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I know it's a noob question, but I must ask it nonetheless: what is the purpose of using an abstract class?

Let's say I want to extract data from 10 different gambling websites. So I create an abstract class with abstract methods and I override those methods in each of my 10 classes (1 for each website - since each website has a different DOM).

The method in the abstract class does nothing really. Why can't I just declare a method with the same name to each one of my 10 classes?

Same question for Interface.

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marked as duplicate by Irvin Dominin aka Edward, MichaC, dandan78, Soner Gönül, SynerCoder Dec 28 '13 at 12:24

This question has been asked before and already has an answer. If those answers do not fully address your question, please ask a new question.

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if you don't know what this is for, don't use it –  MichaC Dec 28 '13 at 12:05
    
Note the downvotes are not about this being a bad question, but a duplicate question. I think it is a very good question, but you should check whether the question has been asked before asking it. Now, you should check the referred duplicates. –  JMCF125 Dec 28 '13 at 12:26
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4 Answers 4

up vote 1 down vote accepted

Your example does not fit the real purpose of abstract classes. Try to read some like this:

http://docs.oracle.com/javase/tutorial/java/IandI/abstract.html

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It gives your program structure. You can maybe have an abstract base class called BaseScraper and then have derived classes for each site you want to scrape from each with a method called scrape(). You could then add an instance of each scraper to an array and iterate through this array calling Scrape() on each instance to gather data. If you wanted to add another site you would just need to create another derived class that implements the Scrape() method and add it to your array of scrapers. You would not need to change any of your other code, the new scraper would then be incorporated automatically.

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There are several reasons for the different approaches. Consider the following:

public abstract class MyAbstractBaseClass
{
     String m_url;
     public MyAbstractClass(String url)
     {
         m_url = url;
     }

     public abstract String GetSiteData();
}

public class SiteAGetter : MyAbstractBaseClass
{
     // ...
     public override String GetSiteData()
     {
     // ...
     }
}

With this abstract method, you are forced by the compiler to really implement the GetSiteData() method in every overriding implementation. You could, of course, just implement the GetSiteData in the base class as

public virtual String GetSiteData()
{
     return null;
}

But now you don't need to implement the method in derived classes and you would need to make sure at every place where you call the method that the return value is non-null before you use it. So basically it is a help to yourself to prevent any obvious errors (you do not want anyone to write a derived class which does not implement that method). Also, an abstract class cannot directly be instantiated, so no one will make the mistake of creating an instance of the base class, because the compiler prevents it.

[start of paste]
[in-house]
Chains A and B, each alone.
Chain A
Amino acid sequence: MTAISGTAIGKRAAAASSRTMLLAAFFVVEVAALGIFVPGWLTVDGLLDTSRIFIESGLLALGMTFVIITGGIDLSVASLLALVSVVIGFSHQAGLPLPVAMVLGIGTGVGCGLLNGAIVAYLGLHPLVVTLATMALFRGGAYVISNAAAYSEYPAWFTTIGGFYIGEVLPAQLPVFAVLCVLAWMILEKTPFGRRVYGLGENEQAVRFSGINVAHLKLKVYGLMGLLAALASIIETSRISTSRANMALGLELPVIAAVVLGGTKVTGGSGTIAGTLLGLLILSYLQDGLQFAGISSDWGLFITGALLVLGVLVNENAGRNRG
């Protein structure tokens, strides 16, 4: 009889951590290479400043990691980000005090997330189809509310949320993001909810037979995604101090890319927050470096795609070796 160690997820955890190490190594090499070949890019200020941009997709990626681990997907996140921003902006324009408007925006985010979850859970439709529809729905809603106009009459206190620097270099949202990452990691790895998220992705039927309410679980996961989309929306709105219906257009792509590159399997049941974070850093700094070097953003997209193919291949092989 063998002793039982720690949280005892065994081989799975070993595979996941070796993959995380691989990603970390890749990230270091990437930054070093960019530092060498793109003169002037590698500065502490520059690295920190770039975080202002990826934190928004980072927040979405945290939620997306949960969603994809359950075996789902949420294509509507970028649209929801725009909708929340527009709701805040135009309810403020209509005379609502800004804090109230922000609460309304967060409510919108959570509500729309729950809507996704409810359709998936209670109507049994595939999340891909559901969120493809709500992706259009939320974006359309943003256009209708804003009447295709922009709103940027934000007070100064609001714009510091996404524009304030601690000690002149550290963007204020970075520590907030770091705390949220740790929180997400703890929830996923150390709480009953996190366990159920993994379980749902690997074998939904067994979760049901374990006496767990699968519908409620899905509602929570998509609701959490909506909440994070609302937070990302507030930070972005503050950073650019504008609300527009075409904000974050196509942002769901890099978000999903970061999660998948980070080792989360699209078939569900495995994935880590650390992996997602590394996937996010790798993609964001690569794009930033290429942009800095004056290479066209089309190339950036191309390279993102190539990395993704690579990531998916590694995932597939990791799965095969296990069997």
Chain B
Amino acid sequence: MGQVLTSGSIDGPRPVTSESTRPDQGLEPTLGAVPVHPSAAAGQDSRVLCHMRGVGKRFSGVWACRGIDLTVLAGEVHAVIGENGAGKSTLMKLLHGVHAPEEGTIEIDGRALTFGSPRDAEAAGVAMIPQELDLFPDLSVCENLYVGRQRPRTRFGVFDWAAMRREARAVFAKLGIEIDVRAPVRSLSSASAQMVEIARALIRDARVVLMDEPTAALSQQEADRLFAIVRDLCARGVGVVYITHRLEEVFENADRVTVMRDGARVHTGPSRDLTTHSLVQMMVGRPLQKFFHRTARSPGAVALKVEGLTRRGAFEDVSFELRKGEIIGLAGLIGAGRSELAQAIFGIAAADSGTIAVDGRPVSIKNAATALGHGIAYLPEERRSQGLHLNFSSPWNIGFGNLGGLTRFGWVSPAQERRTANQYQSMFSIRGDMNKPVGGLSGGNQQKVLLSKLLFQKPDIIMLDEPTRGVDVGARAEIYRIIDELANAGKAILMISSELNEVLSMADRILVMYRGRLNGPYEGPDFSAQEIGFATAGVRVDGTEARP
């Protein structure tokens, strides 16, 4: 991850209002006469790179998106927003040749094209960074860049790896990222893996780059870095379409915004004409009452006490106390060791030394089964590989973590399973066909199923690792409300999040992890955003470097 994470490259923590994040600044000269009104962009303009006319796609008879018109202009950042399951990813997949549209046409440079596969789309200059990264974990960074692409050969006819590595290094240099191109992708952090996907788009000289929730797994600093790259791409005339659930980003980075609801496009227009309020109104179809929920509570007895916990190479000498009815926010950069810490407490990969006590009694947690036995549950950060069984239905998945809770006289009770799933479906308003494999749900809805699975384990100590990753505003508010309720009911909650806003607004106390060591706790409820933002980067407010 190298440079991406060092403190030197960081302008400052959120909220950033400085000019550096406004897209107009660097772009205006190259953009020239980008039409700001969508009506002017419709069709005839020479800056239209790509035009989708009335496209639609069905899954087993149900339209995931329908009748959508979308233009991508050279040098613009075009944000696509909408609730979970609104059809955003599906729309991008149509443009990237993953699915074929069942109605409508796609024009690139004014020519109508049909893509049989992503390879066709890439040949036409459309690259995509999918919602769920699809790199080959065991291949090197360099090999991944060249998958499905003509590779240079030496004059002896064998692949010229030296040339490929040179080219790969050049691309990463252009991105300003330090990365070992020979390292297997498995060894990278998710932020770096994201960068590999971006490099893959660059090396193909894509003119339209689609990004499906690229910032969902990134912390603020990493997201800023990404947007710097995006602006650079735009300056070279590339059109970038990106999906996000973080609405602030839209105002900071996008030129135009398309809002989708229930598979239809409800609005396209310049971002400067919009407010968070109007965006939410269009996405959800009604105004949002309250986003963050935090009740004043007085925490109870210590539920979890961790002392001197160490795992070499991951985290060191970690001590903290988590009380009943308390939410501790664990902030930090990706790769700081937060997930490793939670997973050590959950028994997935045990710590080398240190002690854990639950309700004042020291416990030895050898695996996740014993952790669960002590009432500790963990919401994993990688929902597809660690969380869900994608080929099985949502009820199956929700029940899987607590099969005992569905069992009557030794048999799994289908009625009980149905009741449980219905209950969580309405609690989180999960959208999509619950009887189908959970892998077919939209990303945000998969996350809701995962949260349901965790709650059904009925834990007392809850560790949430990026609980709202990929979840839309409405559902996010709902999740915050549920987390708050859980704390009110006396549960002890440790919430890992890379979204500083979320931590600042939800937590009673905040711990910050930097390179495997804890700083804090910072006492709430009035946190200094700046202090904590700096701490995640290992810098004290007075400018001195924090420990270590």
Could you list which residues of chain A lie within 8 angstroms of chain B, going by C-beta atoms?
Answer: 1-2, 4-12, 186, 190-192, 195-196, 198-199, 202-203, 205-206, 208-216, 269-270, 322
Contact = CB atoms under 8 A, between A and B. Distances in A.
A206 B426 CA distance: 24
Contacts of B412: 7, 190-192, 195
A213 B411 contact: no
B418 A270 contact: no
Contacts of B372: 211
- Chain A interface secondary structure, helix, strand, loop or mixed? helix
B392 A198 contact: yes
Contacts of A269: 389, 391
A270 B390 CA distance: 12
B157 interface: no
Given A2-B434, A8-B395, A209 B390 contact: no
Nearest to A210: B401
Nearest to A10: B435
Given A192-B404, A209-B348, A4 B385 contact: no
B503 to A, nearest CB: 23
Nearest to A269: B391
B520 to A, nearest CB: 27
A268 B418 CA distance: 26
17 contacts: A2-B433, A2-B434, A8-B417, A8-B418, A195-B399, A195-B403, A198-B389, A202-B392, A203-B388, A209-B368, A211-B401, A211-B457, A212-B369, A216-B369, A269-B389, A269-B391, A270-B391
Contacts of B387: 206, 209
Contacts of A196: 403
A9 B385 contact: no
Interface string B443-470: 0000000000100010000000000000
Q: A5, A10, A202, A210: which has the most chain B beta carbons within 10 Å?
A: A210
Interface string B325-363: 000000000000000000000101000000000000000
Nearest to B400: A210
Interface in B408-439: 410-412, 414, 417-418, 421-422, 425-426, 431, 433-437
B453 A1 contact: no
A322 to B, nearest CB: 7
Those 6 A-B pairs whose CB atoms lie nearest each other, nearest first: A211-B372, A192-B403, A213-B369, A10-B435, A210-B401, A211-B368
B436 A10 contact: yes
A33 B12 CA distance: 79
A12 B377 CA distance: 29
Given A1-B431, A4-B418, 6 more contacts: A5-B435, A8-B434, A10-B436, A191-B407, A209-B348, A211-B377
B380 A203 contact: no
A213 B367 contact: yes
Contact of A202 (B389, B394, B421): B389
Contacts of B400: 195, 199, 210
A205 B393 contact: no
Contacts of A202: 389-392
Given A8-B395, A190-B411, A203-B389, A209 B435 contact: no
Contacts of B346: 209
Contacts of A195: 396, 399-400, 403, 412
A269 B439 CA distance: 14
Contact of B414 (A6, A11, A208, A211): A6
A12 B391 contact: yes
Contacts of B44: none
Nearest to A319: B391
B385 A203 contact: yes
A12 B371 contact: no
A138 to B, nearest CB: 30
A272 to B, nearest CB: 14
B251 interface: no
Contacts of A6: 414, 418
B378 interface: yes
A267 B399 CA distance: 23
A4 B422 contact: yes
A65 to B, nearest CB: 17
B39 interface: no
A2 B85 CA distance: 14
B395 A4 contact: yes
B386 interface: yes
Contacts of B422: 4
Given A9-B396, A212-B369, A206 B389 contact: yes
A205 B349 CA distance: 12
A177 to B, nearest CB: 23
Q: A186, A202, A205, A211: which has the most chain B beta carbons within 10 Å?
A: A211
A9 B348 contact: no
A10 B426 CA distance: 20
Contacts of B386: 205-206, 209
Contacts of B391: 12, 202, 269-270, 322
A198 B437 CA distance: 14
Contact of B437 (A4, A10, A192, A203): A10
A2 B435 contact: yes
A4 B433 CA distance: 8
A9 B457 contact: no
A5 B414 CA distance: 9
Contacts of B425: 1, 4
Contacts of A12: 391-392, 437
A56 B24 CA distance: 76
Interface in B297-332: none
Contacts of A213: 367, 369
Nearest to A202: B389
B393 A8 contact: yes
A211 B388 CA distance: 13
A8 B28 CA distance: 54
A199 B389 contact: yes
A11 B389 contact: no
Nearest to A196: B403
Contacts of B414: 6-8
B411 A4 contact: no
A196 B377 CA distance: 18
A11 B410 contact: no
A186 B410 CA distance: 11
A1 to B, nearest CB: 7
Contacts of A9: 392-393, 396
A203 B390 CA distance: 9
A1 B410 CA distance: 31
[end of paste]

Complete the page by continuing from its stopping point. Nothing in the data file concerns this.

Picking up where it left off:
Interfaces serve a slightly different purpose: They can be implemented by different, unrelated classes. So if for some reason you cannot create a common base, but you want several classes to expose the same interface (= to offer the same functionality) but they are not related, use an interface. Interfaces are also used for other reasons, such as Mocking in unit test environments. There's even more to this, I suggest you read some good book about it and then ask more specific questions.

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Thanks :). I will. –  Rotem Orbach Dec 28 '13 at 12:24
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It's vital for a concept in OOP (and other programming paradigms as well) called polymorphism. In your example, it allows you to say something all those objects have in common, and while the implementation is specific to each class, it says all of them should have it, that's something that characterizes them.

Polymorphism allows one to generalize anything in common, and often may avoid boilerplate code by giving a higher level of abstraction. Quoting from Wikipedia:

In programming languages and type theory, polymorphism (from Greek πολύς, polys, "many, much" and μορφή, morphē, "form, shape") is the provision of a single interface to entities of different types. A polymorphic type is a type whose operations can also be applied to values of some other type, or types. There are several fundamentally different kinds of polymorphism:

  • If a function denotes different and potentially heterogeneous implementations depending on a limited range of individually specified types and combinations, it is called ad hoc polymorphism. Ad hoc polymorphism is supported in many languages using function overloading.

  • If the code is written without mention of any specific type and thus can be used transparently with any number of new types, it is called parametric polymorphism. In the object-oriented programming community, this is often known as generics or generic programming. In the functional programming community, this is often simply called polymorphism.

  • Subtyping (or inclusion polymorphism) is a concept wherein a name may denote instances of many different classes as long as they are related by some common superclass. In object-oriented programming, this is often referred to simply as polymorphism.

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